Friday, 27 August 2010

S/W Has Got Talent, and the x-Factor!


I forgot about this cartoon but was reminded by a news item on the BBC web site: "Success for 'China's Got Talent' amputee pianist"
http://www.bbc.co.uk/news/world-asia-pacific-11106935

I goot a good feeling the testing industry are going to love today's cartoon x x x

Tuesday, 24 August 2010

Become an Exploratory Tester for only $100


Actually, it may not be that hard to become an Exploratory Tester. Check out James Bach’s short but to the point blog post about exploratory practitioners

Wednesday, 18 August 2010

Long Test Strategies and Test Plans

A few years ago I had the pleasure of writing a Test Strategy for my test group. By the time I finished it, the document was around 30 pages long, with lots of detail and in depth explanations of our approach to testing. I was very proud of it! There was only one problem, nobody read it. It was way too long, the table of contents was enough to put people off. Looking back, it was generally a waist of time for me and for the two people who had the misery of reviewing it. Since then, I've heard about other testers who have written large/huge test documents which were then ignored.


But the other day I was inspired. An artist has created cool posters/paintings using famous literary classics, postertext. He has copied all the text from a book, pasted it into the painting and removed some of the text to create an image. I thought I could do the same with my Test Strategy (only it isn't a classic).

Once again, I can be proud of my very own Test Strategy document. What do you reckon? I can now print it out and pin it on desk... although I probably won't do that...

 Or


TWITTERS: A special mention to people who follow me on twitter: I apologise if I sent you loads of DMs. What can I say? I feel ashamed. My only consolation is that I wasn't the only one to fall into the spammer's devilish trap. Until the next time, be assured it won't happen again.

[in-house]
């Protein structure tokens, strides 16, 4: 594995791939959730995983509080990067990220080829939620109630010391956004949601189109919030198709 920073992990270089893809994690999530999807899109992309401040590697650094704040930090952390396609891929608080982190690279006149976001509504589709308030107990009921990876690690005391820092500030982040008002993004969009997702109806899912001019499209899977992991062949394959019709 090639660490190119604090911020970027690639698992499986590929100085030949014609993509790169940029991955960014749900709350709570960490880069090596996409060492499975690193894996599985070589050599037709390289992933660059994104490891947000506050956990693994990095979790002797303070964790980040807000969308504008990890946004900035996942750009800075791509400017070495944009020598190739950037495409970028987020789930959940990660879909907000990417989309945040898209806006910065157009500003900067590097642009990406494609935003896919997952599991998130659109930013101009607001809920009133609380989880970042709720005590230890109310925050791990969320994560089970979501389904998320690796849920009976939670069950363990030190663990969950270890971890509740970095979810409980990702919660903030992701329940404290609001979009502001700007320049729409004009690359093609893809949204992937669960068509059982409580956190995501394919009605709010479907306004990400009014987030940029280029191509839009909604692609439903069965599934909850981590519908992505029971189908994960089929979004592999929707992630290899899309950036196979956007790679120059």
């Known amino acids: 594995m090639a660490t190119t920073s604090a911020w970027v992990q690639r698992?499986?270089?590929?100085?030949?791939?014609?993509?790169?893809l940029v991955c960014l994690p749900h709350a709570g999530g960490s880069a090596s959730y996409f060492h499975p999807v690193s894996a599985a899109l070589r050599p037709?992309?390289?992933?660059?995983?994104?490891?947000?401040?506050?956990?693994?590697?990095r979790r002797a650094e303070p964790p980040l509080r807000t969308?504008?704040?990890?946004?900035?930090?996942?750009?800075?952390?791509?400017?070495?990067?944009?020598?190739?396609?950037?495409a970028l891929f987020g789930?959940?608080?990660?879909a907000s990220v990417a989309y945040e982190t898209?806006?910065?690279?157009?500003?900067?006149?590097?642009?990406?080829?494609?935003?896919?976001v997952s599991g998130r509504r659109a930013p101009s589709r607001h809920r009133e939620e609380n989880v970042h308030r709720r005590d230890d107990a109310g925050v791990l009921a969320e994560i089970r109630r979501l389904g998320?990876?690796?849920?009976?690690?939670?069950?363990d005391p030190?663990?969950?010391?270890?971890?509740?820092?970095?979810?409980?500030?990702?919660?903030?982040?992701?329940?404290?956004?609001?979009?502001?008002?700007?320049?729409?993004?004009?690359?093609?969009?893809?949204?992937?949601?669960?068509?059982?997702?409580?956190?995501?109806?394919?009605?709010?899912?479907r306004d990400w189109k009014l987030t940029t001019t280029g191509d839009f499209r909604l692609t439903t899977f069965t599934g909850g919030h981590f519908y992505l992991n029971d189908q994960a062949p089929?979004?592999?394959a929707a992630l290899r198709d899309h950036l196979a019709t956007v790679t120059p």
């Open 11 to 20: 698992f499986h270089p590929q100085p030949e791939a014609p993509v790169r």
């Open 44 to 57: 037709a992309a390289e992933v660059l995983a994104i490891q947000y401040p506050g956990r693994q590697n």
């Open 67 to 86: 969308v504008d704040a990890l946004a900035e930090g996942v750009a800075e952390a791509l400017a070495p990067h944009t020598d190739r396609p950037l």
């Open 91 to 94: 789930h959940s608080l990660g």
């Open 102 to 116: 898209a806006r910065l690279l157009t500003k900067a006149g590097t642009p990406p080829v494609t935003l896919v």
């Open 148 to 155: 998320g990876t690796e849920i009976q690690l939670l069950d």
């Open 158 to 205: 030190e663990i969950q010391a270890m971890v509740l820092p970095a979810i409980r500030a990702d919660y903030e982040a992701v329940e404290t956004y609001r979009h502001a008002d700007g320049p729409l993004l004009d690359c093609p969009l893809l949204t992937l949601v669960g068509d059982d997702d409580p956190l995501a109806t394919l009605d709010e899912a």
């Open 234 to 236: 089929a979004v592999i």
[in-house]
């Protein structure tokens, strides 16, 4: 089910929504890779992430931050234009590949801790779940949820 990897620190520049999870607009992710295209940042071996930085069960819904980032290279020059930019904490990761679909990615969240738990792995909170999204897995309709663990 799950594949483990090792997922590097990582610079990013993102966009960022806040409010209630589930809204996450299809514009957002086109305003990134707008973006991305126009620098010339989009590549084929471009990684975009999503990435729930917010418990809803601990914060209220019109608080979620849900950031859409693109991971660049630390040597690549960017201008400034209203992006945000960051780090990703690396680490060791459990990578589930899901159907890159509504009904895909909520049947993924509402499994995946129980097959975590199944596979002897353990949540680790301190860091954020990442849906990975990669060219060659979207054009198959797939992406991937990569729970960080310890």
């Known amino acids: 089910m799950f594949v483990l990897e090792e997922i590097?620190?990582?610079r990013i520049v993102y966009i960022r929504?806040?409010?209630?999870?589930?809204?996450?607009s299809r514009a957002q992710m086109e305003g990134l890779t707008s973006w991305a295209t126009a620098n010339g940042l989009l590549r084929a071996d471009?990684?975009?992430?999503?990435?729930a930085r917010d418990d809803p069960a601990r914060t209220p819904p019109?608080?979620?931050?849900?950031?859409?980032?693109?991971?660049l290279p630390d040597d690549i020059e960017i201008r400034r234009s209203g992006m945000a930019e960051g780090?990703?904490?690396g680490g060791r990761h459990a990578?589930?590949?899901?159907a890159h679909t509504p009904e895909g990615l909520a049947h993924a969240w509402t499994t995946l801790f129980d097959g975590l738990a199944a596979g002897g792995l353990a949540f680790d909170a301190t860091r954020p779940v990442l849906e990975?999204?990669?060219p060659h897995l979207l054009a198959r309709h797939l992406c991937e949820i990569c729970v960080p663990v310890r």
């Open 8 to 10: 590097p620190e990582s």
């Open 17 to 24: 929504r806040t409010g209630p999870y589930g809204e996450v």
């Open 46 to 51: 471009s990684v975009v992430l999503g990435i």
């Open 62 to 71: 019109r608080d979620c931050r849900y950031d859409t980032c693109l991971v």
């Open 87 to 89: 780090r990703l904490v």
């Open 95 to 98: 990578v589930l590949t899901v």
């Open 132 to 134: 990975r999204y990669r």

Tuesday, 17 August 2010

Agile v Traditional Housekeeping methods

testing QA Agile

Thursday, 5 August 2010

Light Bulb


When I approach a new testing project, I can be all the people from this cartoon. Sometimes I worry that I haven't got the right skills/training for the project. Sometimes I think the project isn’t exciting enough so I don't put my all into it. I might worry that I'll make a huge mistake (like not find obvious bugs) and get the blame, or even the sack! On occasions, I ask all the right questions but then don't follow-up on the responses. Metrics can sometimes drive my work rather than highlight how the project is progressing. While in a project, I can be very good at covering my own backside!

Where am I going with this? I guess it's important to know how you approach testing projects. If you know you have areas you can develop on, you can tackle them as you start your next project. A good way to help you with this is to share your experiences in testing forums/communities.
Plus, in Matt Heusser's latest blog post, you can definitely fine tune your skills in approaching testing projects. This is a great opportunity to compare your skills with an expert!